Emmanuel Papagiannakis, AGCT chief executive officer, commented: “For the first time ever, major Austrian shippers can be directly connected by rail to AGCT Rijeka, providing a valuable alternative route with reliable transit times. With the cooperation of all partners including Maersk, CD Cargo and CTE Enns, we believe the product will remain successful and attract more shippers. Following the first ever direct trains to Czech Republic in May, the Austria connection further adds to a growing network of regular weekly block trains which already include Serbia, Hungary and Bosnia and Herzegovina and continue to illustrate the increasing significance of AGCT as a gateway for Central Europe and Southeast Europe.”
Source: Adriatic Gate Container Terminal
16.12.2022 – PSA Antwerp prepares Europa Terminal for capacity increase
Two agreements have been signed by PSA Antwerp in order to implement large-scale works for the refurbishment of its Europa Terminal on the river Scheldt.
The first agreement was signed with the Austrian crane innovators “Kuenz”, for the delivery of 14 new automated stacking cranes (ASCs) for the terminal, designed and produced together with ABB.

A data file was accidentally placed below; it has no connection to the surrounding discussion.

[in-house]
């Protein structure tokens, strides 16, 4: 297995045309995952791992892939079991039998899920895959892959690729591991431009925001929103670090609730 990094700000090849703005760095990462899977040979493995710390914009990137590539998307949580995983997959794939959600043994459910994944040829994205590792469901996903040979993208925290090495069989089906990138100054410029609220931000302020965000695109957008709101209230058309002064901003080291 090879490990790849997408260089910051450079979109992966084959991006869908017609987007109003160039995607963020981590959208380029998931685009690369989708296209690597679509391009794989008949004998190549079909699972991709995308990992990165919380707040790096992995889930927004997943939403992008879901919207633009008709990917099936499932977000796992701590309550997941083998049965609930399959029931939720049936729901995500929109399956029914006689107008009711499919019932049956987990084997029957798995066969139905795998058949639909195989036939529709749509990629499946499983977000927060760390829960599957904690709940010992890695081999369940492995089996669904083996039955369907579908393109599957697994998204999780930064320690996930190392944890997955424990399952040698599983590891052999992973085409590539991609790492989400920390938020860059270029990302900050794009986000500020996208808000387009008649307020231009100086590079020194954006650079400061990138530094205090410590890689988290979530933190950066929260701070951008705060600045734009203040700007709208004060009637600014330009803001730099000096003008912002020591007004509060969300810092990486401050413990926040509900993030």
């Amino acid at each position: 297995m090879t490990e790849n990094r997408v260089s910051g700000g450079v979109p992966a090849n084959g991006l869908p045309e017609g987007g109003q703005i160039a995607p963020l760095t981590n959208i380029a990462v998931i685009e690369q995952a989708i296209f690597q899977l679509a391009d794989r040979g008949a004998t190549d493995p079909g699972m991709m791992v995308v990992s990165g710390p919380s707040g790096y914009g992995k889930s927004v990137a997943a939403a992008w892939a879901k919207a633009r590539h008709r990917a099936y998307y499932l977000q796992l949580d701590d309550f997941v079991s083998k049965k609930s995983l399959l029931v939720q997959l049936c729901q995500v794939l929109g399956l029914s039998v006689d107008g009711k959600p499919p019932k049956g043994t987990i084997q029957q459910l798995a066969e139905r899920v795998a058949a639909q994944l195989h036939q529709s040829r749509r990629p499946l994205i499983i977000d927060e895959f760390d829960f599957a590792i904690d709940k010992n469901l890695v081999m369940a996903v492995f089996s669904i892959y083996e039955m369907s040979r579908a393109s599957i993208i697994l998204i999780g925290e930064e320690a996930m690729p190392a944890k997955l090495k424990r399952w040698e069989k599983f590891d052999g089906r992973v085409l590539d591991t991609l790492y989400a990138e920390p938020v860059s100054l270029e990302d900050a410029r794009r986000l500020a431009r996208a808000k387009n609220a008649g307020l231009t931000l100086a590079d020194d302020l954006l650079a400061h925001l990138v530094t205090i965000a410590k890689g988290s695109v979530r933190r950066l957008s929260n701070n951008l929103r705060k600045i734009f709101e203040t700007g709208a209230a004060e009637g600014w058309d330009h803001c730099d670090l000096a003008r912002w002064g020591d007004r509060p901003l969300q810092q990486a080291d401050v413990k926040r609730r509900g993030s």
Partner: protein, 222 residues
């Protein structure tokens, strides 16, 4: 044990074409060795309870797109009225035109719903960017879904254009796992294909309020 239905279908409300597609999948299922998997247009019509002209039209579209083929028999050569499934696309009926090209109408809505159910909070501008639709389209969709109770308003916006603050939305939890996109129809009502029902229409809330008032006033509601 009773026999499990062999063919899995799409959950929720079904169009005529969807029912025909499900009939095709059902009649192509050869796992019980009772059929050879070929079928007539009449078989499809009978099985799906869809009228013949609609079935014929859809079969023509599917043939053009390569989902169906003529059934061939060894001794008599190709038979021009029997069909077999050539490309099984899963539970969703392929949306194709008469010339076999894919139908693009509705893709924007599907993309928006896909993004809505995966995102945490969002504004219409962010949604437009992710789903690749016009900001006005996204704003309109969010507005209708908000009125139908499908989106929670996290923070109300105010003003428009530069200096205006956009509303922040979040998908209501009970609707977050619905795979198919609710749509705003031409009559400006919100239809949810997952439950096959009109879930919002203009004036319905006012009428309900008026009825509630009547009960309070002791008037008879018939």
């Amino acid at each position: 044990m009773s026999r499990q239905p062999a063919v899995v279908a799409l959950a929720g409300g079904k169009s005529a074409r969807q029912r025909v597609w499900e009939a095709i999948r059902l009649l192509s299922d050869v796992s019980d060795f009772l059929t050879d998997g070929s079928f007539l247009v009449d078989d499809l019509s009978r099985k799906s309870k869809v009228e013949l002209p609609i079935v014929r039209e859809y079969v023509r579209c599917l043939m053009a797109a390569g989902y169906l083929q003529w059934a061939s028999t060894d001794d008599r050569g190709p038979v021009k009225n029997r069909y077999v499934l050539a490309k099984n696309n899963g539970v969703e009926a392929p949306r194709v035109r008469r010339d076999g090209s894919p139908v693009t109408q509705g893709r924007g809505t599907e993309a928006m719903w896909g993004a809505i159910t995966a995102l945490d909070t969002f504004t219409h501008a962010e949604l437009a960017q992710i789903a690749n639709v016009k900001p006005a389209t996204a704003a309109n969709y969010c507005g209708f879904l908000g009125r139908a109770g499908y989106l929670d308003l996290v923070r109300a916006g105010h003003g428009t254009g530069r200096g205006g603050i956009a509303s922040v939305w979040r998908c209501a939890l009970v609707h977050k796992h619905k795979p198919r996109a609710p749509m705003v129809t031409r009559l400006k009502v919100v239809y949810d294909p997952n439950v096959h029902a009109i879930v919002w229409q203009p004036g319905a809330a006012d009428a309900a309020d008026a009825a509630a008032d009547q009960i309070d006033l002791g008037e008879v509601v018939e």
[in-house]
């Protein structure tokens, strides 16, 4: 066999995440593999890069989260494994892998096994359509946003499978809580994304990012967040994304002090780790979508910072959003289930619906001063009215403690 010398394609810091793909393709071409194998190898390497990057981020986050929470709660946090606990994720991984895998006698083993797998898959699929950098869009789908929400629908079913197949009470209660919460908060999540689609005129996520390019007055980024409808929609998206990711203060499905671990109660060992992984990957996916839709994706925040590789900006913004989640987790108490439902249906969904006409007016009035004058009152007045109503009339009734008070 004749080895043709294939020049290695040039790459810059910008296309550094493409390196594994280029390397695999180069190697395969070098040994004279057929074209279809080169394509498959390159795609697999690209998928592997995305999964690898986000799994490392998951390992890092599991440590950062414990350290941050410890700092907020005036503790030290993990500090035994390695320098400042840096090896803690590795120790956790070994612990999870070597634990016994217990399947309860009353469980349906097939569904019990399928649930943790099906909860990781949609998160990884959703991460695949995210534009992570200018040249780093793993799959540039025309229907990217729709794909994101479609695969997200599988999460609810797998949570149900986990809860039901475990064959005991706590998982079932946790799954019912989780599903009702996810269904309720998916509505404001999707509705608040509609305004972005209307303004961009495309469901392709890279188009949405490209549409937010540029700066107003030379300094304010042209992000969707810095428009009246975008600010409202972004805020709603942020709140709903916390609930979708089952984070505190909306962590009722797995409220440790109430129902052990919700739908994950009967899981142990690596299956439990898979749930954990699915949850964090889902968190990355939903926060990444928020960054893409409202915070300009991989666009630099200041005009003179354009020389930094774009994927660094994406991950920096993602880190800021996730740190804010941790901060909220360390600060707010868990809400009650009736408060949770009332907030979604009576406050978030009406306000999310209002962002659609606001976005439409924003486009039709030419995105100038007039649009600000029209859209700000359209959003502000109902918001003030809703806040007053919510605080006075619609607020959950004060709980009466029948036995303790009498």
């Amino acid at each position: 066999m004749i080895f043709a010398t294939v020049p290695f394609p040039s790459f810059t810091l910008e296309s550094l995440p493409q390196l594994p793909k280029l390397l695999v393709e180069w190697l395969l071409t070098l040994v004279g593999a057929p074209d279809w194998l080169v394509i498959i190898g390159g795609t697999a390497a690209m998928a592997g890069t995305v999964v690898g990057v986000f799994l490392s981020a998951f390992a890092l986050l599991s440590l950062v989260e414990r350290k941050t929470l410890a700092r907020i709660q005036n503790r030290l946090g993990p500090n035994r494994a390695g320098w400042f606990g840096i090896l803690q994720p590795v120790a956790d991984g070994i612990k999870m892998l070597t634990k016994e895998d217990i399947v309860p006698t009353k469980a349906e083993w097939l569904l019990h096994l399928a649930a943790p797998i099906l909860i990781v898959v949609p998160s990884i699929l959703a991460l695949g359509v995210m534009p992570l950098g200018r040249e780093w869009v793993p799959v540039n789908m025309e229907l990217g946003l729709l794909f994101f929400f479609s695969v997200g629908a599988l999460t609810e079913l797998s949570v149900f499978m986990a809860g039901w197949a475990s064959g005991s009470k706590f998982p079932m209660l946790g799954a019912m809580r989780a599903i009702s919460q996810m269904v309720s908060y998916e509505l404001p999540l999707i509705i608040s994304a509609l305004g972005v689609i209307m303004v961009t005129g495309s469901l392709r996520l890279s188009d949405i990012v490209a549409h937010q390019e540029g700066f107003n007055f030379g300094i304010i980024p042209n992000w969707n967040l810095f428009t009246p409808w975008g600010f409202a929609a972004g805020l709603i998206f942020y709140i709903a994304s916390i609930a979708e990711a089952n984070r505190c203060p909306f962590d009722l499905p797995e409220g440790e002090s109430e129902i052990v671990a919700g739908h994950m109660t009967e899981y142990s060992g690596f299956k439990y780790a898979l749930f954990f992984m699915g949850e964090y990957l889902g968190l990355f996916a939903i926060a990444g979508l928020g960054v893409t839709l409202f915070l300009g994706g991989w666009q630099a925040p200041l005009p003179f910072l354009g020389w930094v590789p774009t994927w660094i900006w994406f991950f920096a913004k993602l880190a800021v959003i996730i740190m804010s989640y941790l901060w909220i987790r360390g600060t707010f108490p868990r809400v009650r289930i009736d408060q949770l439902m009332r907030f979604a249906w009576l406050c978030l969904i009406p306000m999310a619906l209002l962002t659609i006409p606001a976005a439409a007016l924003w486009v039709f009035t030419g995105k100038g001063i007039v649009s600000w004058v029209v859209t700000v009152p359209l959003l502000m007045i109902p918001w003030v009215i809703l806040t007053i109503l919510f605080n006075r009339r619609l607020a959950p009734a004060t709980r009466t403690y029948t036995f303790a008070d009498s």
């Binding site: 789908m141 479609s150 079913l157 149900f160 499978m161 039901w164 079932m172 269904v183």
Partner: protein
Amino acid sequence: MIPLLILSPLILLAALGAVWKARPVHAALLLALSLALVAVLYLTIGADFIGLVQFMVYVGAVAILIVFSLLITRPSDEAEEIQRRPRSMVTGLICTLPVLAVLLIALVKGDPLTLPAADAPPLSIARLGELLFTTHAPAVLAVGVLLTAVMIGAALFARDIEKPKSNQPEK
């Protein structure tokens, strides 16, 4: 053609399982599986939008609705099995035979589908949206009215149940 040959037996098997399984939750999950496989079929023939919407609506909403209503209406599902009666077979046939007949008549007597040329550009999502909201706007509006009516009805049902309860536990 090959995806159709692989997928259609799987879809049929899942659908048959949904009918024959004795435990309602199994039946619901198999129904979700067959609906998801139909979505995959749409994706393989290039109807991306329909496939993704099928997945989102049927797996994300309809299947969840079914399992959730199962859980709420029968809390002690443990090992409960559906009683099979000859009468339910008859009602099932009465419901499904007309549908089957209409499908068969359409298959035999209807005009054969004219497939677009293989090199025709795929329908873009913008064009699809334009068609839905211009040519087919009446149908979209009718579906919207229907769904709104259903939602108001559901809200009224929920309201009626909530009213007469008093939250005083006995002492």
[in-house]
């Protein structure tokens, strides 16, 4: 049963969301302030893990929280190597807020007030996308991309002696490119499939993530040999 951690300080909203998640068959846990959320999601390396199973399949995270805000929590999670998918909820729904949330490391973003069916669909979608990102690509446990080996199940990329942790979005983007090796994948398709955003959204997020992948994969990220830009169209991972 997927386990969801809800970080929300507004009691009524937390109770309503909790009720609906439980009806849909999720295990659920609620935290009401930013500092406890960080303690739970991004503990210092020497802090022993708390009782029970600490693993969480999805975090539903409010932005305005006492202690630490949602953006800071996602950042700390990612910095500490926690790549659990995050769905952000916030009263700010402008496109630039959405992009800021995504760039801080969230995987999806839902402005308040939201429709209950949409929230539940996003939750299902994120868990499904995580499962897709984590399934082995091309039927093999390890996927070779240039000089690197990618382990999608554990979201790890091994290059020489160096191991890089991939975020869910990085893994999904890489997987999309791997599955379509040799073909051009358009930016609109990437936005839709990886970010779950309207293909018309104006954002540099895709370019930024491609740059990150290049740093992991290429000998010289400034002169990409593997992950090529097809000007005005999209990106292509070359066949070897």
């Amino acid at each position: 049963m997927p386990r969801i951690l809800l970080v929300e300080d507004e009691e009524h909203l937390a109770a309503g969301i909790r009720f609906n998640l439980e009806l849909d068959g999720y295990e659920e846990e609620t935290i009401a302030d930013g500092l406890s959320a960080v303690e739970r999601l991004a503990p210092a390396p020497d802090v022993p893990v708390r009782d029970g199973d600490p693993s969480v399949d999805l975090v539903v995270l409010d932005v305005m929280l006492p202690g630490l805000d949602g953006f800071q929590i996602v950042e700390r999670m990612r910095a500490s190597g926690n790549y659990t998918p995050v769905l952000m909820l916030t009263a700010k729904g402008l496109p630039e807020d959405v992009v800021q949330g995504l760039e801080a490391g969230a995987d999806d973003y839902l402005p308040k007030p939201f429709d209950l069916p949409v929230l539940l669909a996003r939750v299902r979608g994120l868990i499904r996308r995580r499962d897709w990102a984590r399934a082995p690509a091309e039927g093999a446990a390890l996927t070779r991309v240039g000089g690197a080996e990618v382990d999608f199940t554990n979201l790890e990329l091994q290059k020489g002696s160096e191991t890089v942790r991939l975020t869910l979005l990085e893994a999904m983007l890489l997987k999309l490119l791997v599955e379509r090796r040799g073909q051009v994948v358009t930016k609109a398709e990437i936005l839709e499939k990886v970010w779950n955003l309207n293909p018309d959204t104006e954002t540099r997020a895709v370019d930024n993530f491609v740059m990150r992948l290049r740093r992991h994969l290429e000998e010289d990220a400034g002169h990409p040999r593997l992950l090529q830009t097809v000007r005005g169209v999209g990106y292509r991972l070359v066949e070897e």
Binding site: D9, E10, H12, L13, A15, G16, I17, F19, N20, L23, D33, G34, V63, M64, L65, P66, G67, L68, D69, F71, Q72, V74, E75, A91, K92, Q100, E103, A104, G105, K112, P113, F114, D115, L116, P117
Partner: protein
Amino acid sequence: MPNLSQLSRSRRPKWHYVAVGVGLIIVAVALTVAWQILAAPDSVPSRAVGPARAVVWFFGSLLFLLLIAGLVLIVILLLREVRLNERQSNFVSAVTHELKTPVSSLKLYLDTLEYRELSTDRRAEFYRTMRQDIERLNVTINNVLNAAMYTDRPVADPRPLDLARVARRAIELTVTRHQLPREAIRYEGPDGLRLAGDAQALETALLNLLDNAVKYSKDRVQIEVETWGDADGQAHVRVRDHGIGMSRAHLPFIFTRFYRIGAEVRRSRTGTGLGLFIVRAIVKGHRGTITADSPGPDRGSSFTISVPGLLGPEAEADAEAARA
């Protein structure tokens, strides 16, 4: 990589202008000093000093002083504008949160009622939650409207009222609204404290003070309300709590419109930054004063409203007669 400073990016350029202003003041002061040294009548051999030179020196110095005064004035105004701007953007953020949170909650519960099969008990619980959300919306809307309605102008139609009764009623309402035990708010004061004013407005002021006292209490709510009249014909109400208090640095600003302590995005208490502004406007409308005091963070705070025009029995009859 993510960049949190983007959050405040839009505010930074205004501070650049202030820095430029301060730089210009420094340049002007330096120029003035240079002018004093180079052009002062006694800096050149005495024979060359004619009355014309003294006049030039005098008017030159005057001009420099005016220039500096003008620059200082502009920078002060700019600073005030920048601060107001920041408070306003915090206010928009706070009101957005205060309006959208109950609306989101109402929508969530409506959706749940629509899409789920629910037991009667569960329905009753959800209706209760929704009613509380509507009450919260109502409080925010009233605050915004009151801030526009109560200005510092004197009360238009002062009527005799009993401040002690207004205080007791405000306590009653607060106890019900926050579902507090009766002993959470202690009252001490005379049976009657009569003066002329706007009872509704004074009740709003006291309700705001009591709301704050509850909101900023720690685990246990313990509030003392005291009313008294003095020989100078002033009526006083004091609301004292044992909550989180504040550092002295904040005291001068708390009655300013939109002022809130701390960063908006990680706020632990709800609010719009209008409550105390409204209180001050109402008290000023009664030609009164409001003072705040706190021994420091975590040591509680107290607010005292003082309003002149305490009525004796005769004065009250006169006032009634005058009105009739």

The Europa Terminal will therefore reach a quota of 48 new automated stacking cranes to manage its upgraded yard, with a significant capacity boost. In the future, PSA containers will be able to be stacked with higher density of up to six high, instead of just three high.
The second agreement was signed with Stadsbader/DSG to update the civil and electrical infrastructure for the first phase of the works at Europa Terminal. The works will start in January 2023 and will be finalised in Q2 2025.
These works will increase the container terminal’s capacity by more than 700,000 TEU per year and help PSA Antwerp reach its sustainability goals to reduce its carbon emissions by 50 per cent by 2030 and become completely carbon neutral by 2050.
Source: Port Technology
12.01.2023 ENVI Committee Meeting - Brussels
23-24.01.2023 ITRE Committee Meeting - Brussels
25.01.2023 REGI Committee Meeting - Brussels
30-31.01.2023 TRAN Committee Meeting - Brussels
06.02.2023 ITRE Committee Meeting - Brussels
09.02.2023 TRAN Committee Meeting - Brussels
27-28.02.2023 REGI Committee Meeting - Brussels